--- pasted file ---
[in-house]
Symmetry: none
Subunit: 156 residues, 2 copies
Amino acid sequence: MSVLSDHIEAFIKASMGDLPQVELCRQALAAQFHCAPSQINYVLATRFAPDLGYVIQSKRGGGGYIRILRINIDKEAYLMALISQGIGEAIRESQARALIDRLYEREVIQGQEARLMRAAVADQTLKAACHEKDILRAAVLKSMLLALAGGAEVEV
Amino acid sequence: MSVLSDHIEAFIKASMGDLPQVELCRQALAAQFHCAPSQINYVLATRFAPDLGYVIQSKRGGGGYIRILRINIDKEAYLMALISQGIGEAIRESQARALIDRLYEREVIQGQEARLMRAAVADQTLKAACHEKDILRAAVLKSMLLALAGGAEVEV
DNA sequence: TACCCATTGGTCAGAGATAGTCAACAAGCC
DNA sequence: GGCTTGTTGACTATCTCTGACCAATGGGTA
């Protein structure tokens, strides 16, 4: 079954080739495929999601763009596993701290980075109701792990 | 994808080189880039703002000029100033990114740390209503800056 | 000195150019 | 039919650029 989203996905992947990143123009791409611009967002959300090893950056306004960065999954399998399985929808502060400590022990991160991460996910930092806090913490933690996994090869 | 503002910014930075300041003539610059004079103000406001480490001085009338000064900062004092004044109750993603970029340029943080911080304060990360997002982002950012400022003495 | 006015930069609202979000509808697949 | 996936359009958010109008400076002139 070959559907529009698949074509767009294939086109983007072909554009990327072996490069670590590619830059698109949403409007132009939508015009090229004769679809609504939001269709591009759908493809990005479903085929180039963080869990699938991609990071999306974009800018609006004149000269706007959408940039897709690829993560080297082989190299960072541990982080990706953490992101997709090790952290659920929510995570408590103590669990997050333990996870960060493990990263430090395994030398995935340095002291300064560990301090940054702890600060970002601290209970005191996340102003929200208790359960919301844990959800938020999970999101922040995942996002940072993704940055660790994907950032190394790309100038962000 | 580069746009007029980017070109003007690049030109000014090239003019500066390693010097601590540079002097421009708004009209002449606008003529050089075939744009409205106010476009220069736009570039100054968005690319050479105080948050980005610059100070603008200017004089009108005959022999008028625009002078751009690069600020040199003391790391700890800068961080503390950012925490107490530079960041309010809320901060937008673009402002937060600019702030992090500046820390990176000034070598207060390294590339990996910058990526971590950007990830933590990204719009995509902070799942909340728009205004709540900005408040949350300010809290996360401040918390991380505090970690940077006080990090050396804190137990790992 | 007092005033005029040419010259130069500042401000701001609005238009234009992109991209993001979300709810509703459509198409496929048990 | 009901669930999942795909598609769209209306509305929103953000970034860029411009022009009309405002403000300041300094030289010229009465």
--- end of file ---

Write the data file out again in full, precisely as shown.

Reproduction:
[in-house]
Symmetry: none
Subunit: 156 residues, 2 copies
Amino acid sequence: MSVLSDHIEAFIKASMGDLPQVELCRQALAAQFHCAPSQINYVLATRFAPDLGYVIQSKRGGGGYIRILRINIDKEAYLMALISQGIGEAIRESQARALIDRLYEREVIQGQEARLMRAAVADQTLKAACHEKDILRAAVLKSMLLALAGGAEVEV
Amino acid sequence: MSVLSDHIEAFIKASMGDLPQVELCRQALAAQFHCAPSQINYVLATRFAPDLGYVIQSKRGGGGYIRILRINIDKEAYLMALISQGIGEAIRESQARALIDRLYEREVIQGQEARLMRAAVADQTLKAACHEKDILRAAVLKSMLLALAGGAEVEV
DNA sequence: TACCCATTGGTCAGAGATAGTCAACAAGCC
DNA sequence: GGCTTGTTGACTATCTCTGACCAATGGGTA
């Protein structure tokens, strides 16, 4: 079954080739495929999601763009596993701290980075109701792990 | 994808080189880039703002000029100033990114740390209503800056 | 000195150019 | 039919650029 989203996905992947990143123009791409611009967002959300090893950056306004960065999954399998399985929808502060400590022990991160991460996910930092806090913490933690996994090869 | 503002910014930075300041003539610059004079103000406001480490001085009338000064900062004092004044109750993603970029340029943080911080304060990360997002982002950012400022003495 | 006015930069609202979000509808697949 | 996936359009958010109008400076002139 070959559907529009698949074509767009294939086109983007072909554009990327072996490069670590590619830059698109949403409007132009939508015009090229004769679809609504939001269709591009759908493809990005479903085929180039963080869990699938991609990071999306974009800018609006004149000269706007959408940039897709690829993560080297082989190299960072541990982080990706953490992101997709090790952290659920929510995570408590103590669990997050333990996870960060493990990263430090395994030398995935340095002291300064560990301090940054702890600060970002601290209970005191996340102003929200208790359960919301844990959800938020999970999101922040995942996002940072993704940055660790994907950032190394790309100038962000 | 580069746009007029980017070109003007690049030109000014090239003019500066390693010097601590540079002097421009708004009209002449606008003529050089075939744009409205106010476009220069736009570039100054968005690319050479105080948050980005610059100070603008200017004089009108005959022999008028625009002078751009690069600020040199003391790391700890800068961080503390950012925490107490530079960041309010809320901060937008673009402002937060600019702030992090500046820390990176000034070598207060390294590339990996910058990526971590950007990830933590990204719009995509902070799942909340728009205004709540900005408040949350300010809290996360401040918390991380505090970690940077006080990090050396804190137990790992 | 007092005033005029040419010259130069500042401000701001609005238009234009992109991209993001979300709810509703459509198409496929048990 | 009901669930999942795909598609769209209306509305929103953000970034860029411009022009009309405002403000300041300094030289010229009465």